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Why A Morsi Execution Could Risk Civil War In Egypt

Mohamed Morsi during his trial in Cairo on March 26, 2015
Mohamed Morsi during his trial in Cairo on March 26, 2015
Omar Said

CAIRO — When the Egyptian regime carried out the hanging of six defendants last week in the Arab Sharkas case, it was sending a clear message to former President Mohamed Morsi a day after a Cairo court sentenced the former leader and another 106 people to death. Such is the interpretation of events in the capital by attorney Ahmed Helmy, who represented some of the Arab Sharkas defendants.

The six men were accused members of the militant group formerly known as Ansar Beit al-Maqdis, and had been sentenced to death last October. As for Morsi and the other defendants, the court handed them a death sentence on charges of prison break.

But execution in Morsi"s case would have heavy political and security implications. "A decision of the sort is not in the best interest of the country's security, or the daily life of citizens," says Abdel Latif al-Bedeiny, former deputy interior minister. "It will only open the door to more violence, which will worsen the conflict between both parties."

Commenting on one of the major flaws commonly cited in the case, he adds, "I do not want to comment on a judicial verdict, but having deceased Palestinians among those convicted raises big question marks."

Among the Palestinians convicted alongside Morsi are Hassan Salama, a detainee in Israeli prisons since 1996; Tayssir Abou Sneema, who was killed by Israeli forces in 2009; Hossam al-Sanei, who was killed in 2008; and Raed al-Attar, founder of the Qassam Brigades, also killed by Israel in the last attack in Gaza.

Ahmed Ban, a researcher on Islamic movements, agrees. "I cannot imagine a sane authority would carry out these verdicts," he says. "Taking that step would open the door for a civil war."

Ban, a former member of the Muslim Brotherhood, adds, "Carrying out these verdicts means that we have reached the final stage of the confrontation between the Brotherhood and the state, which goes against the history of this conflict. The state has always managed to maintain a balance between confrontation and political settlement with the group. Even if the confrontation seems to now be at its peak, there is room for political settlement."

But Bedeiny blames the escalation in this verdict on the failure of both the Brotherhood and the state to find grounds for reconciliation, especially in the absence of deft political mediation.

In making this claim, Bedeiny also unintentionally points to the verdict's politicization and the judiciary behind it.

"There is an entity trying to embarrass the state and the executive authority," Ban says, in an elusive reference to the judiciary and the security apparatus. "I do not understand how an individual is acquitted from charges of espionage and then sentenced to death because he escaped from prison during a revolution. There seems to be an entity trying to pressure the state to gain or maintain power."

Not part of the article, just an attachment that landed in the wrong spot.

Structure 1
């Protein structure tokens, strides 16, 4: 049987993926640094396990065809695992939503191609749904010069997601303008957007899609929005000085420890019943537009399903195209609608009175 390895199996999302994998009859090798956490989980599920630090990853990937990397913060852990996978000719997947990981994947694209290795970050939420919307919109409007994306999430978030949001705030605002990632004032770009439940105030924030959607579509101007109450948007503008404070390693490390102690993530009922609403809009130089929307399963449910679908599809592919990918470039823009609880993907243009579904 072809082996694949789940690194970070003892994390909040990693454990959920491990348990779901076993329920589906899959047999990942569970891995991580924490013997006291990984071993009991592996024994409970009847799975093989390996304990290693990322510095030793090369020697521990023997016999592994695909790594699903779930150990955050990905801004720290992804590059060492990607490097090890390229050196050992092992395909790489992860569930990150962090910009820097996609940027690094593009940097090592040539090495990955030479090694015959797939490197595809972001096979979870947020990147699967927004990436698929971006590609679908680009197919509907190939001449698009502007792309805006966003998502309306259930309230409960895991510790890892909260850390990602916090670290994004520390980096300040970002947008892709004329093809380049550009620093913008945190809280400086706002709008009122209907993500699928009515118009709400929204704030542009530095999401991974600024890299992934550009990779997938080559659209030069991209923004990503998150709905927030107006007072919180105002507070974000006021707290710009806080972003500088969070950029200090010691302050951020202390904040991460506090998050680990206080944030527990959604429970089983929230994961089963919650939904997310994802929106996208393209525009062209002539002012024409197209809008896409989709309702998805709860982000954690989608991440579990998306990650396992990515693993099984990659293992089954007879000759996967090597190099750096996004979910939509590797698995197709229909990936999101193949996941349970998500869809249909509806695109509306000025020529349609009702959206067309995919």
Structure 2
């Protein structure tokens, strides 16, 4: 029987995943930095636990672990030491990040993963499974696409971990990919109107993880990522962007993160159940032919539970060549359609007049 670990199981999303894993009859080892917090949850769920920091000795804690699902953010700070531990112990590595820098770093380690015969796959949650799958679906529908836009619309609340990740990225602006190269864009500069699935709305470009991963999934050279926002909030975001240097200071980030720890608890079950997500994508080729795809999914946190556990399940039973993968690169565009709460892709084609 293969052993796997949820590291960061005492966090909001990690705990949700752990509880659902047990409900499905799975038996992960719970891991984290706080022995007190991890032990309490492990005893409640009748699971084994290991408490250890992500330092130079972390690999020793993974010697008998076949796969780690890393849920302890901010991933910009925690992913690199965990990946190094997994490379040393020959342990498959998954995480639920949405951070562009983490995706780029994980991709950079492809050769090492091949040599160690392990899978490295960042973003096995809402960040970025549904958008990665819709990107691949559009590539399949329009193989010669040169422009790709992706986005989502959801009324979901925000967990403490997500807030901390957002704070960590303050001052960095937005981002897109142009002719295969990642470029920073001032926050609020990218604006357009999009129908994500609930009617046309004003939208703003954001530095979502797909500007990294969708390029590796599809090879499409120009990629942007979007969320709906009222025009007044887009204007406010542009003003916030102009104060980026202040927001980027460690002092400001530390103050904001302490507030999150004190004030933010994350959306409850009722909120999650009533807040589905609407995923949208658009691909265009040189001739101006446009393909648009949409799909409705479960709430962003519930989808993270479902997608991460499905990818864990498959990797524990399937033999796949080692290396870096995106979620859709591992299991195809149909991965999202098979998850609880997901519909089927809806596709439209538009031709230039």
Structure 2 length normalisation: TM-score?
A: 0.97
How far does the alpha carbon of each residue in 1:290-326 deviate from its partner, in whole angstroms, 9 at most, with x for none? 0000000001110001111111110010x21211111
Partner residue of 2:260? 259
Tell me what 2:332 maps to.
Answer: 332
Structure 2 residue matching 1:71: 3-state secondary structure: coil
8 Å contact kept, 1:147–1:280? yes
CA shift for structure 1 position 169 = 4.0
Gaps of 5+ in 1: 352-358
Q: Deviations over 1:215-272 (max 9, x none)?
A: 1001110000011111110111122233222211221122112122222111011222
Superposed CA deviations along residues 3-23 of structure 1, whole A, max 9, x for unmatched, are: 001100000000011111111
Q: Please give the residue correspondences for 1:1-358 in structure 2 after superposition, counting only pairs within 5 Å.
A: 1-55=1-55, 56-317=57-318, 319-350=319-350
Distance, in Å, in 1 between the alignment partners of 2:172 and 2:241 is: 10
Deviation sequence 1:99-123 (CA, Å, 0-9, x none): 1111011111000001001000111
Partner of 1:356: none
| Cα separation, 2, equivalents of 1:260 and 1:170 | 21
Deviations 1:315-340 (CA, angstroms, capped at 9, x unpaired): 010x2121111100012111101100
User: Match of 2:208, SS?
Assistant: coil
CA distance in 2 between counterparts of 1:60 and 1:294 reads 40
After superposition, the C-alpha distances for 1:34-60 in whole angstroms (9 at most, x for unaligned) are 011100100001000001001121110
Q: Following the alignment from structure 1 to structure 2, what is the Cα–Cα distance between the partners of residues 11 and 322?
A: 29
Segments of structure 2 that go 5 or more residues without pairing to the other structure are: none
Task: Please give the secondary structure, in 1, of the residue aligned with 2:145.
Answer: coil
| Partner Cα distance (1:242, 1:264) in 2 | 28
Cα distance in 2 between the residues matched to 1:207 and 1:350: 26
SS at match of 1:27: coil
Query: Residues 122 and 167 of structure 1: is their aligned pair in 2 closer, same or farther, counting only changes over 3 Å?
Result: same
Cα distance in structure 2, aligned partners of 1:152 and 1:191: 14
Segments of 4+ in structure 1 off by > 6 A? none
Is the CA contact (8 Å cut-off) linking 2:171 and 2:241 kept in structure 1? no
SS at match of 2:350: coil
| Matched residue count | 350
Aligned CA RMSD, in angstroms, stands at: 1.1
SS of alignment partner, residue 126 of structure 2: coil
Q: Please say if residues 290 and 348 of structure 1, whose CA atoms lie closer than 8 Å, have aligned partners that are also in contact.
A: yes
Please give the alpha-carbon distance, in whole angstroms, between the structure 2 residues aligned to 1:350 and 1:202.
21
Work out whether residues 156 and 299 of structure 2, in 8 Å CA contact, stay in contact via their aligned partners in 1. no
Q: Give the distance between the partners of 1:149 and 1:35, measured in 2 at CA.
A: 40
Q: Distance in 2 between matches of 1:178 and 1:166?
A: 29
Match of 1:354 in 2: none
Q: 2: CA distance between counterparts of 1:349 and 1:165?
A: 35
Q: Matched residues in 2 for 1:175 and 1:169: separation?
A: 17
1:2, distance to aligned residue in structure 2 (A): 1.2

Morsi was sentenced to death on charges of prison escape. He was never sentenced in the espionage case.

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How A Xi Jinping Dinner In San Francisco May Have Sealed Mastercard's Arrival In China

The credit giant becomes only the second player after American Express to be allowed to set up a bank card-clearing RMB operation in mainland China.

Photo of a hand holding a phone displaying an Union Pay logo, with a Mastercard VISA logo in the background of the photo.

Mastercard has just been granted a bank card clearing license in China.

Liu Qianshan


It appears that one of the biggest beneficiaries from Chinese President Xi Jinping's visit to San Francisco was Mastercard.

The U.S. credit card giant has since secured eagerly anticipated approval to expand in China's massive financial sector, having finally obtained long sought approval from China's central bank and financial regulatory authorities to initiate a bank card business in China through its joint venture with its new Chinese partner.

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Through a joint venture in China between Mastercard and China's NetsUnion Clearing Corporation, dubbed Mastercard NUCC, it has officially entered mainland China as an RMB currency clearing organization. It's only the second foreign business of its kind to do so following American Express in 2020.

The Wall Street Journal has reported that the development is linked to Chinese President Xi Jinping's meeting on Nov. 15 with U.S. President Joe Biden in San Francisco, part of a two-day visit that also included dinner that Xi had with U.S. business executives.

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